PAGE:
MMN: We would be remiss if we didn’t talk a little bit about, about their means of transportation. That would be via King, the Shetland Pony. His role, of course, was a huge role. And I found it really interesting that even then there was a bit of a controversy over whether King was being subjected to treatment that he maybe shouldn’t have been subjected to.
ES: Yeah, there were a lot of letters coming into the house, which the kids weren’t aware of cuz they were off on the trip. But their sister, Wendy and the father and the mother were getting these letters, lots of them complaining that they were abusing the pony. That no one should make a pony do that kind work. Shetland ponies were bred for hauling coal out of coal mines. That’s why they bred small and strong. Hauling a very small pony cart with two quite small boys was not a struggle for King.
And King was examined right before they left Needham. Then he was examined again in Southern New Hampshire. Then I recall he was examined at when they got to Montreal. And he passed with flying colors every time.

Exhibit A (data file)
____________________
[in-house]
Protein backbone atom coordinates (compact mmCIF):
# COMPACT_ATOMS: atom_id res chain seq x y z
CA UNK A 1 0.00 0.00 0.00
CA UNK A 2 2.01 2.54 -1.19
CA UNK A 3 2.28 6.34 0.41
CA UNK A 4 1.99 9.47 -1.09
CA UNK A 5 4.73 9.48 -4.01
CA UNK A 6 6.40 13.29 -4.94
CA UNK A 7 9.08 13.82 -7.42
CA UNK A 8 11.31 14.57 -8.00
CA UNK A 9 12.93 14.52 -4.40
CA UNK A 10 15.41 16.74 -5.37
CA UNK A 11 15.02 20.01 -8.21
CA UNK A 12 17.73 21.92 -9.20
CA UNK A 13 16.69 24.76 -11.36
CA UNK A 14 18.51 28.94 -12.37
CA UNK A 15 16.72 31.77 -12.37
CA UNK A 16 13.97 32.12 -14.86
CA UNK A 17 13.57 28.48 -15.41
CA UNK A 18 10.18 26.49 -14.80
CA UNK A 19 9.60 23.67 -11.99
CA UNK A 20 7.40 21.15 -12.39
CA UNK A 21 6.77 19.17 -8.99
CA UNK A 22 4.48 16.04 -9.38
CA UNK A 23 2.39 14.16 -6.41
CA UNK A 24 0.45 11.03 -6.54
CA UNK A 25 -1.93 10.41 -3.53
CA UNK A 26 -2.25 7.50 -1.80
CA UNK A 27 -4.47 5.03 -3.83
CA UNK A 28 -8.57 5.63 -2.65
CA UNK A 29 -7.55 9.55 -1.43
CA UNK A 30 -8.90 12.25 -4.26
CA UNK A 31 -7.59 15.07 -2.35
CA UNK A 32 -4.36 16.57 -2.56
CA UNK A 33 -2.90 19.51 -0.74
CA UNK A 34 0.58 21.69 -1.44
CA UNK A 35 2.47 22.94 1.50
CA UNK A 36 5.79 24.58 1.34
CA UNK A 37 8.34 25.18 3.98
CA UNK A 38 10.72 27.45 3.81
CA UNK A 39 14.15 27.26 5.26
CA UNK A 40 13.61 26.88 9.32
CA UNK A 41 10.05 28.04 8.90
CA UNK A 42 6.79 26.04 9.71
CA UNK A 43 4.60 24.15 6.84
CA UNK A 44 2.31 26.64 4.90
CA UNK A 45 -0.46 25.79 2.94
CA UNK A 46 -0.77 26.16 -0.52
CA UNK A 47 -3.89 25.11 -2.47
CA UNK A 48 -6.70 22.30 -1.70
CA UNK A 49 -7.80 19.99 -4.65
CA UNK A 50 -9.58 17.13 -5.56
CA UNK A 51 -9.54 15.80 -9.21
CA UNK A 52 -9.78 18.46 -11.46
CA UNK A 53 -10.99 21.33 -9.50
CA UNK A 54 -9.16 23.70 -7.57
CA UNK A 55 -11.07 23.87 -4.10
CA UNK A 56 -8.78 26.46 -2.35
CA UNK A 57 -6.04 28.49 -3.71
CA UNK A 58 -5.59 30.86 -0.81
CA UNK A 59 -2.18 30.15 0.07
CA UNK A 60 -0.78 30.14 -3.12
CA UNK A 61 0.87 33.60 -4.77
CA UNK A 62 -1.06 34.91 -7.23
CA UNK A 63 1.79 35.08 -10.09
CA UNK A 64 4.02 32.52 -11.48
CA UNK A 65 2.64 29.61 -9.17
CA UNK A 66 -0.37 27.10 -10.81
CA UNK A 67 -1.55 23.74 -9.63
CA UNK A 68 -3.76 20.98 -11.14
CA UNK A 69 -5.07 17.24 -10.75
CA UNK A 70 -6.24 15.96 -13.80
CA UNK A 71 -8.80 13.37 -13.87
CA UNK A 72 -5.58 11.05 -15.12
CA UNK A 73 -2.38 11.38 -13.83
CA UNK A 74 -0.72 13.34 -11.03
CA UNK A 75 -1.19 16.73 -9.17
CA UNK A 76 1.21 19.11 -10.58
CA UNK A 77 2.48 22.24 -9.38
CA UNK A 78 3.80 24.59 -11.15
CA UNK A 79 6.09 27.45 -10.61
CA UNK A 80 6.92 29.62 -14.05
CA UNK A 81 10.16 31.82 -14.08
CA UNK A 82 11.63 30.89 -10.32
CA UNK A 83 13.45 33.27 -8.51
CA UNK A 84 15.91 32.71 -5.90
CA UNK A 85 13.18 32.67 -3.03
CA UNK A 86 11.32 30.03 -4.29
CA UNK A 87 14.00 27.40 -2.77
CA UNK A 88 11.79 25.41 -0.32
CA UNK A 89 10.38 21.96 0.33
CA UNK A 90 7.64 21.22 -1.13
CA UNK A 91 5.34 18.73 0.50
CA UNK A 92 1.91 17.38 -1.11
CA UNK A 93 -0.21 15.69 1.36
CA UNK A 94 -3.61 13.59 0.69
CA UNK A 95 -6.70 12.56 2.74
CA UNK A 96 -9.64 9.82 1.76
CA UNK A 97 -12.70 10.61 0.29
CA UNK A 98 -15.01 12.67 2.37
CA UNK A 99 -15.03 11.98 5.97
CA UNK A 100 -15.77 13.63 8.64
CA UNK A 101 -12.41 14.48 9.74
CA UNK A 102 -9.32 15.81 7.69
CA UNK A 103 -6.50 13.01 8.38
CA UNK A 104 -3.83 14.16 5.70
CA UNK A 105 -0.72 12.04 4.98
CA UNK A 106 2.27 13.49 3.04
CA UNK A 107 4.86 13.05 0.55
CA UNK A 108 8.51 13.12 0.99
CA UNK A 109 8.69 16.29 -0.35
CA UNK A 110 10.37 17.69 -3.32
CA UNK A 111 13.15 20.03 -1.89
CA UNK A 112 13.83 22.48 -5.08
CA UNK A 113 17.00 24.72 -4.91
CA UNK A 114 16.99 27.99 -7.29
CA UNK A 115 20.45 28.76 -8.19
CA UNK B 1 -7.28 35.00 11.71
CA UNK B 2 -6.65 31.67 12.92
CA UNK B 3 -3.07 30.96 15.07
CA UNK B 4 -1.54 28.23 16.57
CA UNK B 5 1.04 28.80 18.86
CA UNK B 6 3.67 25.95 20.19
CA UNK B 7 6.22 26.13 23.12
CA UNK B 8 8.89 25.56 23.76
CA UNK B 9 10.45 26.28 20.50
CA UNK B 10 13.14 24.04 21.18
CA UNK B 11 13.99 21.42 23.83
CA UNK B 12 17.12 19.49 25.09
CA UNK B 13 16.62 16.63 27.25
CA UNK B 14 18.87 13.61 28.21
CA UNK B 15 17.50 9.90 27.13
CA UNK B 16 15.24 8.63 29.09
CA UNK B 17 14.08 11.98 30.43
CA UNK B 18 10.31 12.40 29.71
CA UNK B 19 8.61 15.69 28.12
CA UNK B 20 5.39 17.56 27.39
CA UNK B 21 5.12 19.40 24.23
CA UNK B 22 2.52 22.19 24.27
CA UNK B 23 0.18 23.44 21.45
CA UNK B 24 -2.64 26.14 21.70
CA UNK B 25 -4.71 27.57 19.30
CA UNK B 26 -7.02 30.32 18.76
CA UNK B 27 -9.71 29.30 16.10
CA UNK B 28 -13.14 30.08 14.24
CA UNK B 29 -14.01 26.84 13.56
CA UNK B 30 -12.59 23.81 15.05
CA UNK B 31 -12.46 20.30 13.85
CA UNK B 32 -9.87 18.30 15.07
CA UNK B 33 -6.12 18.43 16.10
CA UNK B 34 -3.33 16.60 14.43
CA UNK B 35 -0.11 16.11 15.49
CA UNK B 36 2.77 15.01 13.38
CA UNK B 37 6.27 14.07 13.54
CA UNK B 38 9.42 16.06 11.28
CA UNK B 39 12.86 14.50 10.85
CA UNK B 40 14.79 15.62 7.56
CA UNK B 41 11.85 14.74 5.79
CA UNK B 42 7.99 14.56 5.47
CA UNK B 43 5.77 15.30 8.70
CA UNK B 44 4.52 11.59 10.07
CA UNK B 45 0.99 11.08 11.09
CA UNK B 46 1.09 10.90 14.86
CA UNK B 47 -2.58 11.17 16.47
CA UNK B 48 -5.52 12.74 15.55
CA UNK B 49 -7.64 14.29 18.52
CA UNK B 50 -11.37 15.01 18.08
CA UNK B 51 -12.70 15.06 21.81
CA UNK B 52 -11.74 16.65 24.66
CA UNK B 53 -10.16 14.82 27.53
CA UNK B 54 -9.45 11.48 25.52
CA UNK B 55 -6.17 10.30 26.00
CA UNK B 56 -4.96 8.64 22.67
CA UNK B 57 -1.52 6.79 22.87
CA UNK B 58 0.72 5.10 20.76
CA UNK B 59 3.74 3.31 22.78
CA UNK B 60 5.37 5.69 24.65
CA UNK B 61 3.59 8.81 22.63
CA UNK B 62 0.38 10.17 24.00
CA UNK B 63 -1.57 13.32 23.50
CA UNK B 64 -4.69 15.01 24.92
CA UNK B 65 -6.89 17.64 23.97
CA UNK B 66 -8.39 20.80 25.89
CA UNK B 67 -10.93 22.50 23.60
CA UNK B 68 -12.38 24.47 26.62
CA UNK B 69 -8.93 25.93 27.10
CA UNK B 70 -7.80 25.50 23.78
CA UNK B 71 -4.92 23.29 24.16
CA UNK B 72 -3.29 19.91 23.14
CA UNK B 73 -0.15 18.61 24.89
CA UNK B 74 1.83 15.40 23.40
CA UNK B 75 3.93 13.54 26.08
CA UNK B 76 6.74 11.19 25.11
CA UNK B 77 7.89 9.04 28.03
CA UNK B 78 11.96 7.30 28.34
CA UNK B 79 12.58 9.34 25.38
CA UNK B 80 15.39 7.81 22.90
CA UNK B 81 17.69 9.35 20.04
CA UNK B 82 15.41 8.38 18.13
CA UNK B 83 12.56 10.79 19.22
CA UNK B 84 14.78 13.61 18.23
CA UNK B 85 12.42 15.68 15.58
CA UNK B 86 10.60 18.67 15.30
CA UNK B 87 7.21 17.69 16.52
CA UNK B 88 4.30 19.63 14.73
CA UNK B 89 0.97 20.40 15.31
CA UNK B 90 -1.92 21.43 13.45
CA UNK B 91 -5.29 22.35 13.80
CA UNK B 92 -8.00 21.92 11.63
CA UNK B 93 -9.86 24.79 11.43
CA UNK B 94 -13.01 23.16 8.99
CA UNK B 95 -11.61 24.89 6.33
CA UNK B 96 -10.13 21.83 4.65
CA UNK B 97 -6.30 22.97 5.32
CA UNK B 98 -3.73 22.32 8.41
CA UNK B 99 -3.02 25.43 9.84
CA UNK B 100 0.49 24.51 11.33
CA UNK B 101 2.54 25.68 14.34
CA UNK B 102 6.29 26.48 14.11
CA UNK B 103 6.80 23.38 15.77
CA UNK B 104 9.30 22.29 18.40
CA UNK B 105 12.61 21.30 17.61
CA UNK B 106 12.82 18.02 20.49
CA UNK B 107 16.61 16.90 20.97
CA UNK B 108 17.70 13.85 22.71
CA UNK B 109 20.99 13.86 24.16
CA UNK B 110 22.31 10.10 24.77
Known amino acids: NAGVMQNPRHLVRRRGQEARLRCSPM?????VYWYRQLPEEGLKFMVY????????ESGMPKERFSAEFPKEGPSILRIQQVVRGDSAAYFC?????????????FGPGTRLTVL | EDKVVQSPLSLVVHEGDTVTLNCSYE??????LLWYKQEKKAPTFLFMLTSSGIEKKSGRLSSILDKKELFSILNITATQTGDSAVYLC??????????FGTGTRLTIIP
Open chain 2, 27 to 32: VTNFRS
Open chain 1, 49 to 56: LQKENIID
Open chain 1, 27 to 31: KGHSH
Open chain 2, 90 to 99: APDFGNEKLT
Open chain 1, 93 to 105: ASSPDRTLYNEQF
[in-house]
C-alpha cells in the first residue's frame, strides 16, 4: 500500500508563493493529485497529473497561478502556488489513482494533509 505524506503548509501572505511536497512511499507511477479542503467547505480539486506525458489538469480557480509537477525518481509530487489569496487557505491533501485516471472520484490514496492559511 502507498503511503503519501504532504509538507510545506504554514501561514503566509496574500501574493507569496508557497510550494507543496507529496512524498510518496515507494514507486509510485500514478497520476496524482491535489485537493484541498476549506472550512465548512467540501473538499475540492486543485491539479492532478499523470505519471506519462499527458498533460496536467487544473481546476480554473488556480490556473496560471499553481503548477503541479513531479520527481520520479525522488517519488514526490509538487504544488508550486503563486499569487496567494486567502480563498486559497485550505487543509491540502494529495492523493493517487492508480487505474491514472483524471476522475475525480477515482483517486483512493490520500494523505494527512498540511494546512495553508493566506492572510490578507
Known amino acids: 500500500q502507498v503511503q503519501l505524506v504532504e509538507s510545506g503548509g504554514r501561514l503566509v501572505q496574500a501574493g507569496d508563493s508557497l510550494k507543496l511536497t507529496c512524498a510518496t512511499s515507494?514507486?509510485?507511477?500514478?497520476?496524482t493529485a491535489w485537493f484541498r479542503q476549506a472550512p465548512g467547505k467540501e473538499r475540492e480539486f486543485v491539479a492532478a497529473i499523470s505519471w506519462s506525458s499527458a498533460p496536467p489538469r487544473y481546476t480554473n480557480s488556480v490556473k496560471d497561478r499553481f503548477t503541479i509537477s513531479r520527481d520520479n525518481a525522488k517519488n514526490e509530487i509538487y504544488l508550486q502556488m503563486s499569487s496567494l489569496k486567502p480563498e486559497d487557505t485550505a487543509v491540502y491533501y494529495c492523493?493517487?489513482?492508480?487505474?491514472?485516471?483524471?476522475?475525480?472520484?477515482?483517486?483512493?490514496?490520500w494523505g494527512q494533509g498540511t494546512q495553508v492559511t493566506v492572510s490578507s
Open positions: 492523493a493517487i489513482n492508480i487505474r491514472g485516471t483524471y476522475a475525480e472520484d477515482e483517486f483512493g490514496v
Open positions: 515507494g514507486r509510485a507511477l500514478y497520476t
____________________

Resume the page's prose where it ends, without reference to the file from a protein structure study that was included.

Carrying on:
MMN: And, well, not to reveal any spoilers, but I was very happy to learn that not only did King make the journey with flying colors, he went on to live another 20 years thereafter.
ES: He had a very busy life all through Jeff. The younger brother was nine at the time of the trip. All through Jeff’s teenage years, he and King would go do birthday parties on weekends and that was Jeff’s summer job and even weekends during school. So yeah. King kept very busy.
MMN: So we know how King and the boys got to Montreal. I wasn’t clear on how they got home.
ES: Yeah. It goes by fast and it was too complicated to explain. There’s a little bit of a headline that says arriving home by truck. What happened is the family that ended up putting them up in Montreal was a farm family. They stayed usually on farms because it was just outside of Montreal. And the farm family very had a dump truck and rigged up the dump truck to the pony truck and they drove King and Tony, the older brother, home. The trip up there took 27 days. The trip back of course took probably six hours.
MMN: How did your film find its way to the New York Times OpDocs?
ES: Well, we, we submitted it. They have a submission process online. Someone involved with the film kind of knew someone there, which may or may not have helped. But it was really about going through the process. And I think, who knows; with these things so much is luck, Maybe if we’d submitted it a week later, they wouldn’t have hit that moment. It was around the back to school time. You know, these things—it’s like you, you cross your fingers and you hope for the best.
MMN: Have you been going on in a regular interval and reading the comments? There are hundreds of them.
ES: Oh yes. Yeah. I love the comments.